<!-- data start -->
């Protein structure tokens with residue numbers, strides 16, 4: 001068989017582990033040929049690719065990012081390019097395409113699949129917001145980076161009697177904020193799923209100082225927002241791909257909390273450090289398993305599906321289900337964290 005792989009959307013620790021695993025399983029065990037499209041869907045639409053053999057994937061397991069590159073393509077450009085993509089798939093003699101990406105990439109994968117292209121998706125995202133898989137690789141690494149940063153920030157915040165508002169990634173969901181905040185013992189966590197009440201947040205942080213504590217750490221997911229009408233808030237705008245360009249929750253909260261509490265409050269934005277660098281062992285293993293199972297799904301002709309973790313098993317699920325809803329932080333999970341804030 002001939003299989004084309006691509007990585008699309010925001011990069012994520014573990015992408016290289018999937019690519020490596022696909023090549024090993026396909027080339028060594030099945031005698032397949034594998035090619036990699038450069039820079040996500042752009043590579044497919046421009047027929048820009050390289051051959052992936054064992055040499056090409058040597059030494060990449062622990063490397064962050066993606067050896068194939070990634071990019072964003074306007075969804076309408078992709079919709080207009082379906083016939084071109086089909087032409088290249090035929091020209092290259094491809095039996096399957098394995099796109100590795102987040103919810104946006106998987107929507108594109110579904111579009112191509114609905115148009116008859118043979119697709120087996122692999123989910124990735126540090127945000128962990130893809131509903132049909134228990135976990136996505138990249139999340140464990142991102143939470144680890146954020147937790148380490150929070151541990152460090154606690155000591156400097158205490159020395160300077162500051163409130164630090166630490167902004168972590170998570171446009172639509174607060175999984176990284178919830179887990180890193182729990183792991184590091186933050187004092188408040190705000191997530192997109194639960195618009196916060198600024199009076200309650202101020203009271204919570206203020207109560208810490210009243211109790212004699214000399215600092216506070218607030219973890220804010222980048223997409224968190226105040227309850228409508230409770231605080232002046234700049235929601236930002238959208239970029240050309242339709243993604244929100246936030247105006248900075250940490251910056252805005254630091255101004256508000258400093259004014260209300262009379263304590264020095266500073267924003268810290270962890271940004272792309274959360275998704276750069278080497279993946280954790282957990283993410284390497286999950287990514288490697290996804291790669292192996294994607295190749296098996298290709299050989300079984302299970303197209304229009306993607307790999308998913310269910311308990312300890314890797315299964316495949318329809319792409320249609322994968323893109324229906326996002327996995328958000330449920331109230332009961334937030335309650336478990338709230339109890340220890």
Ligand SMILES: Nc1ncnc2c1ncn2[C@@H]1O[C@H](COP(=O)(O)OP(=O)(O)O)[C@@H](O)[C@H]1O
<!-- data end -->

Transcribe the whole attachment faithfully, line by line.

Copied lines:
């Protein structure tokens with residue numbers, strides 16, 4: 001068989017582990033040929049690719065990012081390019097395409113699949129917001145980076161009697177904020193799923209100082225927002241791909257909390273450090289398993305599906321289900337964290 005792989009959307013620790021695993025399983029065990037499209041869907045639409053053999057994937061397991069590159073393509077450009085993509089798939093003699101990406105990439109994968117292209121998706125995202133898989137690789141690494149940063153920030157915040165508002169990634173969901181905040185013992189966590197009440201947040205942080213504590217750490221997911229009408233808030237705008245360009249929750253909260261509490265409050269934005277660098281062992285293993293199972297799904301002709309973790313098993317699920325809803329932080333999970341804030 002001939003299989004084309006691509007990585008699309010925001011990069012994520014573990015992408016290289018999937019690519020490596022696909023090549024090993026396909027080339028060594030099945031005698032397949034594998035090619036990699038450069039820079040996500042752009043590579044497919046421009047027929048820009050390289051051959052992936054064992055040499056090409058040597059030494060990449062622990063490397064962050066993606067050896068194939070990634071990019072964003074306007075969804076309408078992709079919709080207009082379906083016939084071109086089909087032409088290249090035929091020209092290259094491809095039996096399957098394995099796109100590795102987040103919810104946006106998987107929507108594109110579904111579009112191509114609905115148009116008859118043979119697709120087996122692999123989910124990735126540090127945000128962990130893809131509903132049909134228990135976990136996505138990249139999340140464990142991102143939470144680890146954020147937790148380490150929070151541990152460090154606690155000591156400097158205490159020395160300077162500051163409130164630090166630490167902004168972590170998570171446009172639509174607060175999984176990284178919830179887990180890193182729990183792991184590091186933050187004092188408040190705000191997530192997109194639960195618009196916060198600024199009076200309650202101020203009271204919570206203020207109560208810490210009243211109790212004699214000399215600092216506070218607030219973890220804010222980048223997409224968190226105040227309850228409508230409770231605080232002046234700049235929601236930002238959208239970029240050309242339709243993604244929100246936030247105006248900075250940490251910056252805005254630091255101004256508000258400093259004014260209300262009379263304590264020095266500073267924003268810290270962890271940004272792309274959360275998704276750069278080497279993946280954790282957990283993410284390497286999950287990514288490697290996804291790669292192996294994607295190749296098996298290709299050989300079984302299970303197209304229009306993607307790999308998913310269910311308990312300890314890797315299964316495949318329809319792409320249609322994968323893109324229906326996002327996995328958000330449920331109230332009961334937030335309650336478990338709230339109890340220890």
Ligand SMILES: Nc1ncnc2c1ncn2[C@@H]1O[C@H](COP(=O)(O)OP(=O)(O)O)[C@@H](O)[C@H]1O